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The Best Ways to Learn a New Language

The Best Ways to Learn a New Language

latin-man-300x225I was really terrible at Spanish in high school. My grades were pretty bad throughout the year and I thought that I would never be able to learn a new language. I had nightmares about “conjugating” verbs. My teacher even suggested that I avoid taking Spanish classes once I got to college. I just barely made it out alive…

Luckily, things have changed a lot since then. I’ve gained a lot more motivation, a lot more interest in other cultures, and I’m starting have a pretty decent understanding of Spanish. I’ve also started learning the basics of German and French, and am genuinely enjoying it.

If you’re like me and were pretty clueless in high school, don’t worry!

There are a lot of great ways out there to either start learning a new language or to refresh your existing knowledge, and most of them are actually pretty enjoyable.

Make It Into A Game Using Duolingo

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This is probably my favorite way to learn a new language and it’s also one of the most fun. Duolingo makes learning languages into a game and you “level up” as you learn more and more. The courses are broken up into manageable lessons in which you translate sentences, transcribe what you hear, and speak phrases into the microphone.

The ability to access Duolingo for free on iOS, Android, or on the web also makes it extremely easy to get started on. It’s a breeze to chip away at languages whenever you’re bored or have a few minutes of downtime.

Spice Up Your Commute With Pimsleur Audio Programs

car-in-commute-300x199Pimsleur audio programs have been around for quite a while and are a great way to learn a new language. In addition to software-based courses, some of the most popular offerings by the company are its audio programs. The audio programs come in a ton of different languages and are a great choice for people with long commutes. Why not be productive while sitting in traffic?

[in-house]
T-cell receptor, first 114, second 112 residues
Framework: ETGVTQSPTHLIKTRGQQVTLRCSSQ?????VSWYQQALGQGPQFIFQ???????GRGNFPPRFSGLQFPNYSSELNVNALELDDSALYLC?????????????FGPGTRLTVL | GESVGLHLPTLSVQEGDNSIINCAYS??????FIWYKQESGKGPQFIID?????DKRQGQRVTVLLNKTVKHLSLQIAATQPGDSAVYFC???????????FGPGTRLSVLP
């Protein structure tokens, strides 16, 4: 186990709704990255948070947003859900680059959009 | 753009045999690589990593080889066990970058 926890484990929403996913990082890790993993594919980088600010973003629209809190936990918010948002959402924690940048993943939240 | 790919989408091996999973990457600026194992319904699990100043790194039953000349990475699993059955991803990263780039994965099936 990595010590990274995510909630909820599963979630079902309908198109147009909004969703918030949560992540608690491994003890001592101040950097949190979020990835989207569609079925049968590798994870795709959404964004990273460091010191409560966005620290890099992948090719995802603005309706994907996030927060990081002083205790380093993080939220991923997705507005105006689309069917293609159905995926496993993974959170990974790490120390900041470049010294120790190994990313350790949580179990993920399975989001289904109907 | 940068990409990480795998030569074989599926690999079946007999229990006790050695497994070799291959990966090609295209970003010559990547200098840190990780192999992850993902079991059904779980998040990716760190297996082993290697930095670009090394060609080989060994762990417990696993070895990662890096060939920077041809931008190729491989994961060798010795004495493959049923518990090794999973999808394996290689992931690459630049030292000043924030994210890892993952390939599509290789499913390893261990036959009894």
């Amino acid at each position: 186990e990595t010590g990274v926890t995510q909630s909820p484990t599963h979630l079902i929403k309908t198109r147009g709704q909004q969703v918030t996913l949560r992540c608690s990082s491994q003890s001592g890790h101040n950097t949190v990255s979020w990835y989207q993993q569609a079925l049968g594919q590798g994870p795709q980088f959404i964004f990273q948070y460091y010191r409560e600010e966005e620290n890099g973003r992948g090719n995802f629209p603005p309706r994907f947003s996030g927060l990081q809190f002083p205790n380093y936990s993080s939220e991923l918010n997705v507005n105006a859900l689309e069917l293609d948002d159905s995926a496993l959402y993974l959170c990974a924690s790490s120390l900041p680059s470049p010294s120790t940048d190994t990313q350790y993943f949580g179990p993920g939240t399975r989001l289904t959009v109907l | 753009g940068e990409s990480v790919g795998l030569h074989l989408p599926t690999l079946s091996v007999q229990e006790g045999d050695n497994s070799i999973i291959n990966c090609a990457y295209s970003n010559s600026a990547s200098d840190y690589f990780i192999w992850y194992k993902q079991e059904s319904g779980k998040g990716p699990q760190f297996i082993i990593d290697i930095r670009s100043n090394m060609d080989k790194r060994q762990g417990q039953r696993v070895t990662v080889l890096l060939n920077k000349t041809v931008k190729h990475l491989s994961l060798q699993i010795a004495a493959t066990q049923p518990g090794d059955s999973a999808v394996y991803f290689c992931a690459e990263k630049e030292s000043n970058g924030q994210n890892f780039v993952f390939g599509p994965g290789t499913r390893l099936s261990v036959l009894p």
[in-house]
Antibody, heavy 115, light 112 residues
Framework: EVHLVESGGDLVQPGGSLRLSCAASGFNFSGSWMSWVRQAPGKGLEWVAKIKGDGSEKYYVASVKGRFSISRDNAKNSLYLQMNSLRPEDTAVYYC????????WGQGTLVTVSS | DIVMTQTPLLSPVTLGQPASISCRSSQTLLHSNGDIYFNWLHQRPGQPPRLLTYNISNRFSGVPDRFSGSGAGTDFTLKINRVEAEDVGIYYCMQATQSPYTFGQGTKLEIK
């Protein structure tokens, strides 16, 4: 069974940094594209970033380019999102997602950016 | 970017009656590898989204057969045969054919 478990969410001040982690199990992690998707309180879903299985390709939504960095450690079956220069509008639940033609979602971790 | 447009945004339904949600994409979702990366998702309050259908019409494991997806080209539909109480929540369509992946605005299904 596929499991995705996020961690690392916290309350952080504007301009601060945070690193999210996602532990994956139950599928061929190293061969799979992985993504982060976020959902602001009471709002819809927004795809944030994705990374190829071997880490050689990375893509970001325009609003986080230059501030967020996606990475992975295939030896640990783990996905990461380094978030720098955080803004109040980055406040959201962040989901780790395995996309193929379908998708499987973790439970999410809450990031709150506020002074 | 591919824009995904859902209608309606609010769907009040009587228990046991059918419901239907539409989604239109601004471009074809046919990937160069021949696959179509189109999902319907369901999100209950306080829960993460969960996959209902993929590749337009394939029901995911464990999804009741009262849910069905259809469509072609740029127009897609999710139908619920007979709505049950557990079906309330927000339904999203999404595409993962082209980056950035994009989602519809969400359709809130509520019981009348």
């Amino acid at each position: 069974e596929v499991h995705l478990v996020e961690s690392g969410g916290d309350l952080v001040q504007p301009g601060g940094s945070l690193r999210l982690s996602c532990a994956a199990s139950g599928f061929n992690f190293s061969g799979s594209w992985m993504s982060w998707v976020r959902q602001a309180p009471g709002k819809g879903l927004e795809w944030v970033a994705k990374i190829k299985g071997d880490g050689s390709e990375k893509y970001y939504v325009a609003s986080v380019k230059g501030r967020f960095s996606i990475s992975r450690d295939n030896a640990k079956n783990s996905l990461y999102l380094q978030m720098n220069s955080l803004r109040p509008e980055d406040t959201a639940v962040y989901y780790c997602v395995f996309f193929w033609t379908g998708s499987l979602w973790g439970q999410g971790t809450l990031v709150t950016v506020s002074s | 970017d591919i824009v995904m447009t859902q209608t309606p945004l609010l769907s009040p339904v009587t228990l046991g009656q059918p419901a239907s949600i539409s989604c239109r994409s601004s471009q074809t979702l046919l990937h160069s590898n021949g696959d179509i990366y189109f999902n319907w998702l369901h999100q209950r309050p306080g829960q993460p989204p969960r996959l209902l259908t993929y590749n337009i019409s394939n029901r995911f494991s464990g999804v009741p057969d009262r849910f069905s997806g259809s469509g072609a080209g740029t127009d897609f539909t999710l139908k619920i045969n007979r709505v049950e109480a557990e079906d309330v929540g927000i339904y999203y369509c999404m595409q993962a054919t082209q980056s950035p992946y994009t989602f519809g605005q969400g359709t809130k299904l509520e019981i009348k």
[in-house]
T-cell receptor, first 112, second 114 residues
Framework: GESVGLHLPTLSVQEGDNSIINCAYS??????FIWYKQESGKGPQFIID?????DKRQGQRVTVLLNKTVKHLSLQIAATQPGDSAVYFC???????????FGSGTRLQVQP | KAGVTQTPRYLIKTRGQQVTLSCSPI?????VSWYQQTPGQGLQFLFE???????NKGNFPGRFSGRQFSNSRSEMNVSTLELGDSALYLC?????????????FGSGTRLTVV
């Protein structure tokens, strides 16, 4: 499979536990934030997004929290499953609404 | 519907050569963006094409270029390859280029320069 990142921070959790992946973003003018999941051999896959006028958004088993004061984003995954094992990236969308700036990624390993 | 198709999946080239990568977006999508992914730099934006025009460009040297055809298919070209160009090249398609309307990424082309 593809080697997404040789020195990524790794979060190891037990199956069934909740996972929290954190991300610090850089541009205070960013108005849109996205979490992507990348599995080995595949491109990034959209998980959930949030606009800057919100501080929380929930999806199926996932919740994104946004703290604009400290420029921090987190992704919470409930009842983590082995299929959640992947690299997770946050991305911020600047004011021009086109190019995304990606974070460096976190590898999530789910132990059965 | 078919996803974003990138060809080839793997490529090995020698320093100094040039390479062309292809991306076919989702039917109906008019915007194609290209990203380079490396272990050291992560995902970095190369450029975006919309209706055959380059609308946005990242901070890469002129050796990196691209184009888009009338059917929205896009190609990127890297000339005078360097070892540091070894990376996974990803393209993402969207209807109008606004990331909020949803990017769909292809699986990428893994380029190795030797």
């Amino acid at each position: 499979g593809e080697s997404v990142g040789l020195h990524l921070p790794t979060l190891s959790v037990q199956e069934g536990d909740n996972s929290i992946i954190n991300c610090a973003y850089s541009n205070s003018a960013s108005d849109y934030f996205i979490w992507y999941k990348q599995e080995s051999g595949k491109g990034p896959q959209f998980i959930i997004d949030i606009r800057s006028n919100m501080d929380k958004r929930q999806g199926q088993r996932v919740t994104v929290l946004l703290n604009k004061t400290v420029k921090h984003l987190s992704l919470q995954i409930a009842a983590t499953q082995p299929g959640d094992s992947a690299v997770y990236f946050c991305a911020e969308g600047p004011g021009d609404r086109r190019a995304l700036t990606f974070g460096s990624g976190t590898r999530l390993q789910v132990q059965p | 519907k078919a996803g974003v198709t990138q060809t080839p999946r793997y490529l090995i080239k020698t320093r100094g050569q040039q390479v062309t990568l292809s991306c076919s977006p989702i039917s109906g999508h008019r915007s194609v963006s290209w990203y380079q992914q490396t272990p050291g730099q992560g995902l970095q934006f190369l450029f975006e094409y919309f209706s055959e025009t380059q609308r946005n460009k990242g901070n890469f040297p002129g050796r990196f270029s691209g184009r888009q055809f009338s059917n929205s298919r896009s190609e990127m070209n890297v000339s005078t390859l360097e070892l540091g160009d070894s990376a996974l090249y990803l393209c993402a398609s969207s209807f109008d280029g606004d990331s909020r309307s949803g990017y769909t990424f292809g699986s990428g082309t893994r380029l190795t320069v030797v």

The audio courses guide you through spoken conversations while telling you how to respond and allowing you a chance to reply out loud. Because of that, it’s a great choice for anybody who actually needs to learn to speak a language, rather than just being able to read it or understand it.

Another great thing is that many local libraries have Pimsleur audio courses, so it’s pretty easy to just go grab one and get started for free.

Learn a New Language With Rosetta Stone

The Rosetta Stone software is very similar to Duolingo but instead of relying on text to teach you new words it is a much more visual course. Rosetta Stone immerses you in your chosen language and teaches you through context and visual information. It’s very similar to the way children and infants learn to speak.

I’ve only experimented with Rosetta Stone during brief stints, but I actually like it a lot more than Duolingo. It can’t compete with the price of Duolingo however, as most of the courses cost around $200.

Watch Foreign Television

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Of course, one common way to learn a new language  is to immerse yourself in it by watching TV shows or movies. It’s amazing what you can understand and what words you can figure out just by seeing the context of the words and watching body language.

If you want to make the most out of this you might want to start with subtitles in your own language at first, then start watching with the native subtitles, and then take the subtitles off completely.